1 of 1 people found the following review helpful
$29 and an alligator purse,
This review is from: Blue Valentine (Audio CD)
Following on from the excellent, if patchier, Foreign Affairs, this album is Waits at his least compromising, most musically and lyrically assured, which is more than can be said for its follow-up, Heartattack & Vine - but that`s another story.
Unusually for a TW record, this features electric piano on many tracks, courtesy of a guy sporting the unlikely moniker of Da Willie Gonga (he`s actually well-known funk keyboardist George Duke, moonlighting away from his normal habitat).
Tom Waits singing Somewhere sounds like something rare and risky, until one remembers - and I do remember - PJ Proby`s not entirely dissimilar 60s hit with this
dramatic West Side Story standout. Waits sings it straight, and makes it his own, backed by the most opulent strings you ever did hear.
After being lulled by such a lush opener, things get down to business with Red Shoes By The Drugstore, a jumpy, percussive sung-spoken number that is vintage 70s Waits.
Christmas Card From A Hooker...is a wonderfully jaded, drained song with a welcome
dose of Tom`s piano duetting eloquently with Duke`s electric keys, Waits sounding a lot like he used to on his earlier albums. It`s a perfect example of Waits the romantic chronicler of down-and-out, downtown backstreet America...
"I`ll be eligible for parole, come Valentine`s Day"
It`s one of Waits` most heartfelt vocals. A great song.
Romeo Is Bleeding is another half-spoken number, with a suitably jazzy backing, a snazzy organ in there too this time, not to mention a fine tenor sax solo by Frank Vicari.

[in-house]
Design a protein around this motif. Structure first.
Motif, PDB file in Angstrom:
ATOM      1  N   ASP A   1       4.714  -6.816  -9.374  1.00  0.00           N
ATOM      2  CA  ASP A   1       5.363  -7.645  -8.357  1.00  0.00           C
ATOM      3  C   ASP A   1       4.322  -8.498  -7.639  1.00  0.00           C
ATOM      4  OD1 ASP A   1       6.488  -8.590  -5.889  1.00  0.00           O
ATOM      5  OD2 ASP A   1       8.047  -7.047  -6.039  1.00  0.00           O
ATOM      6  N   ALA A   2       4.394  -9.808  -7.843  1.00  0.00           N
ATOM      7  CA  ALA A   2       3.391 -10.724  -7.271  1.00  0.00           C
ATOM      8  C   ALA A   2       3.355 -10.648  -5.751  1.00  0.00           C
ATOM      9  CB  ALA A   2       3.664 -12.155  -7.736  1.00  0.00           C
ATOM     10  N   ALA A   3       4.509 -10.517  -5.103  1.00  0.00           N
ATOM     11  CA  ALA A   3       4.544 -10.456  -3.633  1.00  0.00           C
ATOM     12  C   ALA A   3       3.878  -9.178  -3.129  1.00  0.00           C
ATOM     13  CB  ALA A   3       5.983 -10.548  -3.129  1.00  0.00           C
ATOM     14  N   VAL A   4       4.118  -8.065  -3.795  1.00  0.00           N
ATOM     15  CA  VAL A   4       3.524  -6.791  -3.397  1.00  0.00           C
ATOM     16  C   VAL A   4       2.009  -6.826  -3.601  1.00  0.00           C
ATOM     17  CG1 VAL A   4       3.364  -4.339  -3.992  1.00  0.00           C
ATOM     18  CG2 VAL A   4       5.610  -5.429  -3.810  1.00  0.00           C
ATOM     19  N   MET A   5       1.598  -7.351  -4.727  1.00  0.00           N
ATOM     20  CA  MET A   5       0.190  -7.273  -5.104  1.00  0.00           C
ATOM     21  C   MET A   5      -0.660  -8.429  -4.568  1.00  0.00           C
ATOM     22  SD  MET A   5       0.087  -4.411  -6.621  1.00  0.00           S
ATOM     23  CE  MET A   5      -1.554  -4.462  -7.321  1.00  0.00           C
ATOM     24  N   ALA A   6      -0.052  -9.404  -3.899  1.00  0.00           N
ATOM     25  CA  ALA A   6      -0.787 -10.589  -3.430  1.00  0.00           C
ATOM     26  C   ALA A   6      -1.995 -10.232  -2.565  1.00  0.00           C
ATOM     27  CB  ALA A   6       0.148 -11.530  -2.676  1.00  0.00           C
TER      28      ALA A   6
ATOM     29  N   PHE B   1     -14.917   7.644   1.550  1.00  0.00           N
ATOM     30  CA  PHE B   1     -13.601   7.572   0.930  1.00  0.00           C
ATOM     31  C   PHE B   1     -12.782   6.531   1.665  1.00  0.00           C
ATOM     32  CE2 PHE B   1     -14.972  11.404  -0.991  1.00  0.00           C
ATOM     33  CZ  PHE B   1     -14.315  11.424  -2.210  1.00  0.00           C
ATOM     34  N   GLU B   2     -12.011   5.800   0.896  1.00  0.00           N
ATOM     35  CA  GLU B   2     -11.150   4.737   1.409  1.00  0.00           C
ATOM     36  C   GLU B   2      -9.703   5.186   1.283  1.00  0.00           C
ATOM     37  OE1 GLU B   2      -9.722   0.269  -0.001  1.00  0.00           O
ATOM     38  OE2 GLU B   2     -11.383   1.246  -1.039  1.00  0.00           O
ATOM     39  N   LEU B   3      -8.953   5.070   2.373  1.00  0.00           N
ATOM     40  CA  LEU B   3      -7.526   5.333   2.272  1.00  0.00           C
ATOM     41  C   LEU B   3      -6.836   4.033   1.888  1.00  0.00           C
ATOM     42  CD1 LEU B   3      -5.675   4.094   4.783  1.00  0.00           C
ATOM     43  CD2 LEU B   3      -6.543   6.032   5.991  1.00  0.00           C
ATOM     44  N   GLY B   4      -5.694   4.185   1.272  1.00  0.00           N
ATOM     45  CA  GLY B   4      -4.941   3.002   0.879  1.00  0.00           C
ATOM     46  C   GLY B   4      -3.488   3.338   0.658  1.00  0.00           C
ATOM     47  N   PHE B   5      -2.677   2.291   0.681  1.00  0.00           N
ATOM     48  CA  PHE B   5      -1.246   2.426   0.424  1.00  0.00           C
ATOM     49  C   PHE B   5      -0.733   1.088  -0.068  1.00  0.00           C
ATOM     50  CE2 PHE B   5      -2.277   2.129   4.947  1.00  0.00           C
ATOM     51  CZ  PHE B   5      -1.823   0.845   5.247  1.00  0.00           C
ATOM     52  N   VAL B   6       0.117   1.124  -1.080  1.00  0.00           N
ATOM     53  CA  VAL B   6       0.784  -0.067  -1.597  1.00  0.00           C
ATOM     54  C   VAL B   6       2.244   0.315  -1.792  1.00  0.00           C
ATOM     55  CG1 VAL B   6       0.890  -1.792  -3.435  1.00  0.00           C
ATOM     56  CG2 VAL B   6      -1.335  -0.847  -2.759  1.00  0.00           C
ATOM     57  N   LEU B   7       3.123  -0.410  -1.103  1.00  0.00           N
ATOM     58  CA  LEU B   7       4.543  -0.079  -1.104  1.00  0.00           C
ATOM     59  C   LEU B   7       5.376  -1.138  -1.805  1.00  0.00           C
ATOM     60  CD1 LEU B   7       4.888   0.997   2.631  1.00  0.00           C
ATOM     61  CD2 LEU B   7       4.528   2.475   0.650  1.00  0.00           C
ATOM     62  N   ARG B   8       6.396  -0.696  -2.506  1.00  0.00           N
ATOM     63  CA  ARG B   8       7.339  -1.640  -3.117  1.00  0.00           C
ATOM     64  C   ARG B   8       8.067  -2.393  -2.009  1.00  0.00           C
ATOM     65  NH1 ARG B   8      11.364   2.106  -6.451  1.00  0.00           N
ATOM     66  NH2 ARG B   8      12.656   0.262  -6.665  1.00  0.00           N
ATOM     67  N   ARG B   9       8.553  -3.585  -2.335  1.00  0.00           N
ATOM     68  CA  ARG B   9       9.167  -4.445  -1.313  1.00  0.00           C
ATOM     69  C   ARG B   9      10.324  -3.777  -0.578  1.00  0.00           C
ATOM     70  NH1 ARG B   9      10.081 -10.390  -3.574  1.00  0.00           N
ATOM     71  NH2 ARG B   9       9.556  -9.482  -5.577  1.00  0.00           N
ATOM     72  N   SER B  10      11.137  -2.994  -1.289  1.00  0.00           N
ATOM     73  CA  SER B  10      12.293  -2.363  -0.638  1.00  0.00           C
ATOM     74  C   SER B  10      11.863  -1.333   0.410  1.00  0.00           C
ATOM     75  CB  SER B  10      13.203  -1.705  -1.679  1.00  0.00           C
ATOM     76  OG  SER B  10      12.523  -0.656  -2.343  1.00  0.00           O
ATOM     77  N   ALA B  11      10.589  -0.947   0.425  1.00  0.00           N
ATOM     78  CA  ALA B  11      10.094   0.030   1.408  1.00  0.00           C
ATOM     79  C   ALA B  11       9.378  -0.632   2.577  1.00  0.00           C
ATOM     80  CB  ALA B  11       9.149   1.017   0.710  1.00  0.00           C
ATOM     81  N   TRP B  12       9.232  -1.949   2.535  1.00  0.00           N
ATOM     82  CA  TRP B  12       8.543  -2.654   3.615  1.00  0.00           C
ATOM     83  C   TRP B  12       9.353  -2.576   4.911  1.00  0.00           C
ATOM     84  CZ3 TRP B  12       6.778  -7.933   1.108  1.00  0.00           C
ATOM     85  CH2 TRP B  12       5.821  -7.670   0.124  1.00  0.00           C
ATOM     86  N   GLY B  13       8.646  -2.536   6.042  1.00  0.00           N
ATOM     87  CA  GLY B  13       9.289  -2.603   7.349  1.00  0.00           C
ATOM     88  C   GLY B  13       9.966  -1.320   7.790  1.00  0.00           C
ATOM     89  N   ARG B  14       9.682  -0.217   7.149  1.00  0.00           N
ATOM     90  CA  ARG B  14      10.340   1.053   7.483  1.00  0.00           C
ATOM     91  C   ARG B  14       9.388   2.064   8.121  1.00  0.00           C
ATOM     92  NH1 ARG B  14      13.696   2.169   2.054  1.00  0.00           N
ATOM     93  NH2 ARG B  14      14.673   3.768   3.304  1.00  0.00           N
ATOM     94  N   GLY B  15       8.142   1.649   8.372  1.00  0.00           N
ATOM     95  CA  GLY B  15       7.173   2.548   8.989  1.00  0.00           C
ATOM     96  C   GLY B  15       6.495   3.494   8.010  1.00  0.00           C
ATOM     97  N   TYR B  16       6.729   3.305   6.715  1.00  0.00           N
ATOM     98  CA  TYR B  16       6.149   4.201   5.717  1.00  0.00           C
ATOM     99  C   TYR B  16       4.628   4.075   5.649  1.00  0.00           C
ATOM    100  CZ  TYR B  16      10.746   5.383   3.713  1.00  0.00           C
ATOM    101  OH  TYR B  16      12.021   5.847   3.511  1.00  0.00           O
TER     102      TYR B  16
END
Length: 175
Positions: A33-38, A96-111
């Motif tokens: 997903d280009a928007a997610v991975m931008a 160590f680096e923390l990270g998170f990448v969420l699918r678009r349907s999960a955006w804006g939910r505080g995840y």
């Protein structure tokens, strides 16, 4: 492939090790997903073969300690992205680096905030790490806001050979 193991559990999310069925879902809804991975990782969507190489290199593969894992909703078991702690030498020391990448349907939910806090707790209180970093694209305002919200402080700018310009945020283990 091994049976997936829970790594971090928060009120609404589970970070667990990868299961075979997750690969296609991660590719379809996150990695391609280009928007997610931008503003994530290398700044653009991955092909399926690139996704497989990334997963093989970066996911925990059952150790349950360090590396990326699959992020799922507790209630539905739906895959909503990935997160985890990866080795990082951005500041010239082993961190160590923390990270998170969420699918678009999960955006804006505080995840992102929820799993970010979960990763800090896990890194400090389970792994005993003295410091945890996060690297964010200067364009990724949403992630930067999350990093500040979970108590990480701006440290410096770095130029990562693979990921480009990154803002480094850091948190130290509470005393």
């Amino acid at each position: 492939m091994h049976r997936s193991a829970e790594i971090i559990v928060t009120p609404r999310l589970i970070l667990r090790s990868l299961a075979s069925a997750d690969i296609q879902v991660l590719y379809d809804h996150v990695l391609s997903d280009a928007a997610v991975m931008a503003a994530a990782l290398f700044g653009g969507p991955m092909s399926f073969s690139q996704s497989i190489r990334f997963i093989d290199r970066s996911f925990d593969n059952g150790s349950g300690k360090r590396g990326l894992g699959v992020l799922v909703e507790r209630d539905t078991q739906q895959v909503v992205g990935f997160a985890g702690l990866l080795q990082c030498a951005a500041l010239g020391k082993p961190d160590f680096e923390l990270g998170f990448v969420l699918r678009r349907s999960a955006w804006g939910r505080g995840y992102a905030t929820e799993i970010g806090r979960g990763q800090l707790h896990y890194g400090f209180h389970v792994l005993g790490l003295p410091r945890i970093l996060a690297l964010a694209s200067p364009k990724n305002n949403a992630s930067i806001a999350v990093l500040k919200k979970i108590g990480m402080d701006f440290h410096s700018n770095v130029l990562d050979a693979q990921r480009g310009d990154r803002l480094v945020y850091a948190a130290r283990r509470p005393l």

$29 has always been a favourite of mine. This leisurely 8-minute track not only saunters along like the sleaziest of blues songs, it has a killer hook at the end of each verse built around the phrase "29 dollars and an alligator purse" (pronounced by Waits most of the time as "poisse"). Oh, and dig this canny couplet:
"you say your ex old man was a sax player,
he`ll say, Baby I used to play bass for Sly"
Other highlights for me are the two ballads Kentucky Avenue, which is as moving a song as Tom ever came up with, utterly beautiful, and the album`s closer, the brief Blue Valentines, both sung to a minimal backing of mainly his own piano.
Tom was still walking out with Rickie Lee Jones (the lucky devil) when he made this triumphant record, and it really is one of his very best. He rarely if ever seems to
be `doing a Tom Waits` or striking a pose, as even his biggest fans (me, for example) recognise he would do at times, for good or ill.
Blue Valentine is not only a confident improvement on Foreign Affairs, it was to be his finest studio effort until Swordfishtrombones signalled an irrevocable - and no
doubt much-needed - change of musical direction five years later.
Beguiling, captivating, marvellous.